Here’s the easy part: the combustion engine is living on borrowed time. And here’s the harder part: predicting exactly when we'll see the last one sold in a new vehicle. One by one, automakers are moving toward electrification, and each one has set their own schedule for completing the transition. And while things are moving fast, each one is also leaving themselves room for wiggle in order to react to new conditions and realities.
This week we learned what Mercedes-Benz has in mind, courtesy the European site of Automotive News. It reported that a “high-ranking” official with the automaker told them the plan is to eliminate most combustion engines by the end of the decade. “We are switching from EV first to EV only,” they said.
In the short term, Mercedes will continue to offer vehicles powered by hybrid and plug-in hybrid technologies, but combustion engines, and some Diesels to which they are associated, will no longer be available in any market after 2030.
Mercedes is counting on demand for plug-in hybrid models remaining throughout the next decade in some parts of the world, but it expects that fairly soon, the vast majority of new vehicles will be all-electric, along with, perhaps, some hydrogen models. Given those conclusions, it’s quite possible that we won’t see any more gas-engine vehicles in North America from the carmaker by 10 yearts from now. This is according to Automotive News, of course, and Mercedes-Benz itself has made no official announcement. Yet.
Details to come
That could come soon, perhaps at an upcoming event that will feature company CEO Ola Källenius, who is expected to announce plans to design new platforms with their own operating systems. The first of these new electric vehicles could be launched as early as 2024. This is a radical change from the German automaker's original plans for the introduction of electric models.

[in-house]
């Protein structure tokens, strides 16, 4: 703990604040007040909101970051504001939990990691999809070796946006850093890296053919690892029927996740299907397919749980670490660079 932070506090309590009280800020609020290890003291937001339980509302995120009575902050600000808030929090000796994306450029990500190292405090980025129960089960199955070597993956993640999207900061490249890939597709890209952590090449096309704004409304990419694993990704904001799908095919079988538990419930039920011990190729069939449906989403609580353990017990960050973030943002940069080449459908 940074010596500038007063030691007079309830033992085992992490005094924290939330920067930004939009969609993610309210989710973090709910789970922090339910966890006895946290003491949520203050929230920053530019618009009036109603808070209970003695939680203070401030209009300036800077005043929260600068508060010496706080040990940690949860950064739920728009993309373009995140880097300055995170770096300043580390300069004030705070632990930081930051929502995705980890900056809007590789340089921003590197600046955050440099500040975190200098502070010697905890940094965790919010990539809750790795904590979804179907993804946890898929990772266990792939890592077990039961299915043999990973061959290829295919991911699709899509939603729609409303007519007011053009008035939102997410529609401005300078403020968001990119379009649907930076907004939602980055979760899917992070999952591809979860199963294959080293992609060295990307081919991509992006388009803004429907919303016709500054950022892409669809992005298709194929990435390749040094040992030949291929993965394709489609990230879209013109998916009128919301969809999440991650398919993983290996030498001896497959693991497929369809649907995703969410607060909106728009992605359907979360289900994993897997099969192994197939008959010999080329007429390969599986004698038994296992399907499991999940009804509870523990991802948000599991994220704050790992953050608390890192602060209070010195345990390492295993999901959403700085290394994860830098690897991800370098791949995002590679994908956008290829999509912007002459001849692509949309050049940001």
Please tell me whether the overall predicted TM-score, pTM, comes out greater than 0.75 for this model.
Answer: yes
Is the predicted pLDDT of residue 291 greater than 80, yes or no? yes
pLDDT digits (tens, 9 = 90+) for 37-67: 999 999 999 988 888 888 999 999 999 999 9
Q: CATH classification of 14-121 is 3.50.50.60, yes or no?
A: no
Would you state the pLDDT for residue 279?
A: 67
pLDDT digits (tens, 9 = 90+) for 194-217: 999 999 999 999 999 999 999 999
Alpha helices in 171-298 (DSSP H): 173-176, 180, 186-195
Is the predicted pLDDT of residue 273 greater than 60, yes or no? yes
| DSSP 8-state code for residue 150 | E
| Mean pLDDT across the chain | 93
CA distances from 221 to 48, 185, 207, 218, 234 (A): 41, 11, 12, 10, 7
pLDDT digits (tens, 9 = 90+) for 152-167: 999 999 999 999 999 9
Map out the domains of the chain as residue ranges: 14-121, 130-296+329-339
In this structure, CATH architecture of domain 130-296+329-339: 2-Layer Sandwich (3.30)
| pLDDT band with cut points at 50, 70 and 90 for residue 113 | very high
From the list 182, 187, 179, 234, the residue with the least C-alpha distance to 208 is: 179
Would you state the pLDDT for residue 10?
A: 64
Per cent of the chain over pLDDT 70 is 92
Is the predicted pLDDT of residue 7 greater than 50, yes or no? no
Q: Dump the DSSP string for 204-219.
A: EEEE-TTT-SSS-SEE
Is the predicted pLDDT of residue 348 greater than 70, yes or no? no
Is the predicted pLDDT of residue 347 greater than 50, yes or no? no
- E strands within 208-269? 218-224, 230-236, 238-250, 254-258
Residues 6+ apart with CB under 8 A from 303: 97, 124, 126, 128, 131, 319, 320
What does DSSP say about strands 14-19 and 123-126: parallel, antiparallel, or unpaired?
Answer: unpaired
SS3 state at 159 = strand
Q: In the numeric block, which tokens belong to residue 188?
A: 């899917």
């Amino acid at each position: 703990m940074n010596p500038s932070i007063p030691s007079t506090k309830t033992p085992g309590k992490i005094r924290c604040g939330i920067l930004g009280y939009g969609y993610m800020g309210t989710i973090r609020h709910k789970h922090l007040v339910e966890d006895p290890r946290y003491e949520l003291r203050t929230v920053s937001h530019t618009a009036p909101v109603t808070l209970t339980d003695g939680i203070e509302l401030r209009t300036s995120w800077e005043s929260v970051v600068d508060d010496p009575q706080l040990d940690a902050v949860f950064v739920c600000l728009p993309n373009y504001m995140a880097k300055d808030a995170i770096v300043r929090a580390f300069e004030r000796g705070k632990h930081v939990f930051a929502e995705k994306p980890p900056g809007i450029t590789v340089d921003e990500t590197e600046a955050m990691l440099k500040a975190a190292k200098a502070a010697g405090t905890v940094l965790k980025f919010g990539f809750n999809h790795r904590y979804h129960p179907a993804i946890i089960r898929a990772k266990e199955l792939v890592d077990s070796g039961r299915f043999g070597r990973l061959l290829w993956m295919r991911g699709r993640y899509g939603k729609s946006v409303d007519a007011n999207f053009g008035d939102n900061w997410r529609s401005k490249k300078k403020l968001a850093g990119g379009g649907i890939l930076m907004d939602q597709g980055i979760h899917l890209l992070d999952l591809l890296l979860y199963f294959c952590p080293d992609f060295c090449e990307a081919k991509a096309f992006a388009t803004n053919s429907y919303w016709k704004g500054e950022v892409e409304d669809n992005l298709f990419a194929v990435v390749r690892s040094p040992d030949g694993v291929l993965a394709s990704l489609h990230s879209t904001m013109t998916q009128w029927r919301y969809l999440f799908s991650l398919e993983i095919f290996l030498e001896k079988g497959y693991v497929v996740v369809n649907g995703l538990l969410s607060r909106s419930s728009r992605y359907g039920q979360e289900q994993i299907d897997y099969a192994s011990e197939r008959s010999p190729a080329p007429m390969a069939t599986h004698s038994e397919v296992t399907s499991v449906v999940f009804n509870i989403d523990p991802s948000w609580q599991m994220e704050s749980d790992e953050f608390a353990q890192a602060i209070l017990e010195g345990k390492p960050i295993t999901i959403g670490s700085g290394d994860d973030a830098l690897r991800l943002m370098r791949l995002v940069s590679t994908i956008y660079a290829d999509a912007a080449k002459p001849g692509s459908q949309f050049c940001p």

Indeed, recall that not long ago, the company projected that plug-in hybrid and fully electric models would account for just over 50 percent of its consumer sales by 2030. Those expectations are being revised upward as the popularity of electric models is believed to increase dramatically. The company's flagship vehicle for advancing this technology, the EQS sedan, is just the beginning. Many of its features will soon be found on less expensive models.
It will also be very interesting to see how Mercedes-AMG reacts to this news. It will be very difficult and expensive for the performance division to develop and build combustion engines on its own. We should have a better idea of Mercedes' short- and long-term plans on July 22 when the company presents a scheduled update on its strategy.